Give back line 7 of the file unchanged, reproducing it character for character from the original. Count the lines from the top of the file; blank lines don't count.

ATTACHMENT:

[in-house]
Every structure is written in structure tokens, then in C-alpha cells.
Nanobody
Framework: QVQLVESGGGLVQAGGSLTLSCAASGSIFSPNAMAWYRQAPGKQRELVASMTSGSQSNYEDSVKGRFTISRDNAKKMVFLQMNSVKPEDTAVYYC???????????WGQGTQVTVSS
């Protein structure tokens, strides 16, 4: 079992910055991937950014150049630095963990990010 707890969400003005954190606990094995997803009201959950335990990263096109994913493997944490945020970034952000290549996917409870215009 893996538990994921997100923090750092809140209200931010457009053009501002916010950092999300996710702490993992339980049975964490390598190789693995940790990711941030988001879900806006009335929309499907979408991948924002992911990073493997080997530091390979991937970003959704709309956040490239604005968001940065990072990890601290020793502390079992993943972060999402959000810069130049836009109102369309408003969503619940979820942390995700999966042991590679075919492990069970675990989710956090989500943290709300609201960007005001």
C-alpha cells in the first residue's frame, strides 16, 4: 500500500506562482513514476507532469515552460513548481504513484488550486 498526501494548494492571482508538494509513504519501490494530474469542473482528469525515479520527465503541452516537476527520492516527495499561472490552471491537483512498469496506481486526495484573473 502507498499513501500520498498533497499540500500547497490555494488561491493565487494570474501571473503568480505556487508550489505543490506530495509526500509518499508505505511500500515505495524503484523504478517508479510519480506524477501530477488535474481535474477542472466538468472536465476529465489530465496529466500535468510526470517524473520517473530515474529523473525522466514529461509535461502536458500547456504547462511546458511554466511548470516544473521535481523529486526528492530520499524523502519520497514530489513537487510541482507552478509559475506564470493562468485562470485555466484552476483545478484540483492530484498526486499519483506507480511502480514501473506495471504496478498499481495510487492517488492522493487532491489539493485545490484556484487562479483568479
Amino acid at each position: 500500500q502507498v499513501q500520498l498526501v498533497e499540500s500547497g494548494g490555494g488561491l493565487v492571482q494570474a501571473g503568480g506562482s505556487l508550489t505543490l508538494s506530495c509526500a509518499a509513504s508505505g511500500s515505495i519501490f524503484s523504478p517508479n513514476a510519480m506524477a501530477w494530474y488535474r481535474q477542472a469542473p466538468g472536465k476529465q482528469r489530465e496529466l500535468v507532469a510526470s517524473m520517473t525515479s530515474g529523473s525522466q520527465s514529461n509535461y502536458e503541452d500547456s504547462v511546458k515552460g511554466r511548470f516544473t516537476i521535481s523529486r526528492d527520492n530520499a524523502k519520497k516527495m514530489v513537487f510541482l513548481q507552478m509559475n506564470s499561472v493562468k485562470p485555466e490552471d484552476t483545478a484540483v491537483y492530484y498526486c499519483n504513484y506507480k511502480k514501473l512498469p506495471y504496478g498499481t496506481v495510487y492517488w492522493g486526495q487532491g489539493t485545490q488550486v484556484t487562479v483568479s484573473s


Amino acid at each position: 500500500q502507498v499513501q500520498l498526501v498533497e499540500s500547497g494548494g490555494g488561491l493565487v492571482q494570474a501571473g503568480g506562482s505556487l508550489t505543490l508538494s506530495c509526500a509518499a509513504s508505505g511500500s515505495i519501490f524503484s523504478p517508479n513514476a510519480m506524477a501530477w494530474y488535474r481535474q477542472a469542473p466538468g472536465k476529465q482528469r489530465e496529466l500535468v507532469a510526470s517524473m520517473t525515479s530515474g529523473s525522466q520527465s514529461n509535461y502536458e503541452d500547456s504547462v511546458k515552460g511554466r511548470f516544473t516537476i521535481s523529486r526528492d527520492n530520499a524523502k519520497k516527495m514530489v513537487f510541482l513548481q507552478m509559475n506564470s499561472v493562468k485562470p485555466e490552471d484552476t483545478a484540483v491537483y492530484y498526486c499519483n504513484y506507480k511502480k514501473l512498469p506495471y504496478g498499481t496506481v495510487y492517488w492522493g486526495q487532491g489539493t485545490q488550486v484556484t487562479v483568479s484573473s